Using the WinBGIm Graphics Library with Visual Studio 2005/2008

September 2009


This page provides a mechinism for using the WinBGIm Graphics Library from Visual Studio 2005/2008. Additional documentation for the WinBGIm graphics library is available at

Installation Notes:

In order to use the WinBGIm graphics library, you need to download the following file onto your machine (preferably to the desktop, where you can easily access it):

For Visual Studio 2005:
For Visual Studio 2008:
For Visual Studio 2010:

After downloading, please right-click the file and select "Extract Here" to unpack the files.  The newly created directory, called BGI, includes all the files we'll need (including the WinBGIm Libraries and a pre-set project already set up to use them) in order to create a graphics program in Visual Studio. You should now change the name of this directory to a name for your own project, such as First-Sample.

Note: If you're using the Visual Studio Express Edition, you will need to install a number of other libraries before you can use any of the BGI functions.  In order to do this, go to and install the Microsoft "Platform SDK" (Software Development Kit).  This kit includes a number of libraries allowing you to use Windows features that aren't automatically included in the C++ language.  Once you have the SDK installed, the WinBGIm Library should work on your machine.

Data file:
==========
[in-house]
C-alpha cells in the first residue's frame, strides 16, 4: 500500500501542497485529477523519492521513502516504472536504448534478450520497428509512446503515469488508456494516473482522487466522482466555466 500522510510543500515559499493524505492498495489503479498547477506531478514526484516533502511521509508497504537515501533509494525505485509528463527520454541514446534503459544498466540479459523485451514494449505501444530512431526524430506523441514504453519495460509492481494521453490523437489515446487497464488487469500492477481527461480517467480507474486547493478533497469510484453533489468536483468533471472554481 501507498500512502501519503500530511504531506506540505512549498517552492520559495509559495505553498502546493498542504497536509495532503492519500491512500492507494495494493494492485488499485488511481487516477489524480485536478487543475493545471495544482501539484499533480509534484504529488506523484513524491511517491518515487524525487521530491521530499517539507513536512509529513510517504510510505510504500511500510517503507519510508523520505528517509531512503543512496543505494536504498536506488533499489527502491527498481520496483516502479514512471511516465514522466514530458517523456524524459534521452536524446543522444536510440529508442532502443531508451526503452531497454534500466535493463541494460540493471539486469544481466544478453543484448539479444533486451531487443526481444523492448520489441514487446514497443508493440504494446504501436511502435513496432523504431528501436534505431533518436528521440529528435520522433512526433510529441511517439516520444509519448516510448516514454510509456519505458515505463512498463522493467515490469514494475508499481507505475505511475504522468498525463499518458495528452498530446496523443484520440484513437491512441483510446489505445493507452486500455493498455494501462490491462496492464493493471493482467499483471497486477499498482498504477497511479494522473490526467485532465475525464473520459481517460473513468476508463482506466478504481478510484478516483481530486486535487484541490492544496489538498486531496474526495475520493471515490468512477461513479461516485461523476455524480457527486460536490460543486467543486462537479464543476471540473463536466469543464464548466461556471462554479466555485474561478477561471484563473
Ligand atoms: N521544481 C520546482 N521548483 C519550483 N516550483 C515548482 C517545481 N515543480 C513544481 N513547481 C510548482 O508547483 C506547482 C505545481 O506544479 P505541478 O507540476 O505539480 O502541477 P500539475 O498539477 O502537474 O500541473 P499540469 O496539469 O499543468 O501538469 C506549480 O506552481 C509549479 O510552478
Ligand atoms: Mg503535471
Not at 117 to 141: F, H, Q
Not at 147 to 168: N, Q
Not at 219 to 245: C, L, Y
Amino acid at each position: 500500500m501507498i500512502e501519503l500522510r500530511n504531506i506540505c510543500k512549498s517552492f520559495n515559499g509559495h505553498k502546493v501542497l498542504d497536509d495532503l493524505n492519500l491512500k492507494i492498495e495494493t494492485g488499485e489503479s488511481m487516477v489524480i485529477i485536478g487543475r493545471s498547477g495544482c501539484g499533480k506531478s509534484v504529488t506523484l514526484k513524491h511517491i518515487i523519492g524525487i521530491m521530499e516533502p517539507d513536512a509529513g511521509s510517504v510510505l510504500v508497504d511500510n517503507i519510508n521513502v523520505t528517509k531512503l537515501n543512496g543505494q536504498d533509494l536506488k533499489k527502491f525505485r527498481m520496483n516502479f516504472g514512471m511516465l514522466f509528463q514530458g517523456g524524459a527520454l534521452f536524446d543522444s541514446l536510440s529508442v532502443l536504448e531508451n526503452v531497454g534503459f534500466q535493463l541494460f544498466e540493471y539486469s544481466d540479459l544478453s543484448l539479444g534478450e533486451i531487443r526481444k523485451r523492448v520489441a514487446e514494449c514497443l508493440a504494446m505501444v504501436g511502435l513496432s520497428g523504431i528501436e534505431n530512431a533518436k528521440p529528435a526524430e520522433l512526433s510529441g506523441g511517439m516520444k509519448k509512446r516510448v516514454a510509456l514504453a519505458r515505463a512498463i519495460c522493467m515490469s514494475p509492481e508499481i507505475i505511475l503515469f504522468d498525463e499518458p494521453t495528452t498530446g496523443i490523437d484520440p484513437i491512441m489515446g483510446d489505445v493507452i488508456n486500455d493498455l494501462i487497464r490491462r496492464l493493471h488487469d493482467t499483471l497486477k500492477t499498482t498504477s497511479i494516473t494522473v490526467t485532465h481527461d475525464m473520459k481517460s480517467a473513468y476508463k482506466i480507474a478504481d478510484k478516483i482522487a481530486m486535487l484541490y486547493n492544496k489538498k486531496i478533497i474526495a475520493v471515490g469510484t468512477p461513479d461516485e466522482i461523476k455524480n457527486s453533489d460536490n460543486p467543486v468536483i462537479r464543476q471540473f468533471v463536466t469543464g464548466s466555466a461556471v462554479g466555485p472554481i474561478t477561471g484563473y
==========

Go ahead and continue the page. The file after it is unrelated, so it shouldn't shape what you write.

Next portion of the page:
To write a program that uses the graphics library, open Visual Studio and select "File => Open => Project/Solution", and open the "winbgi-solution" file from the directory that you created for your project. You may add other files to this project (right click in the Solution Explorer window and choose Add), such as this main program that opens a graphics window and draws a small circle. Notice that the graphics.h file is surrounded by quotation marks in the include directive:

#include "graphics.h"

int main( )
    initwindow(400, 300, "First Sample");
    circle(100, 50, 40);
    while (!kbhit( ))
    return 0;

Whenever you write a WinBGIm program, you'll have to extract the starting files from, then rename the extracted folder to a name for your new project. Then you're ready to start adding the main program and other files.

Michael Main (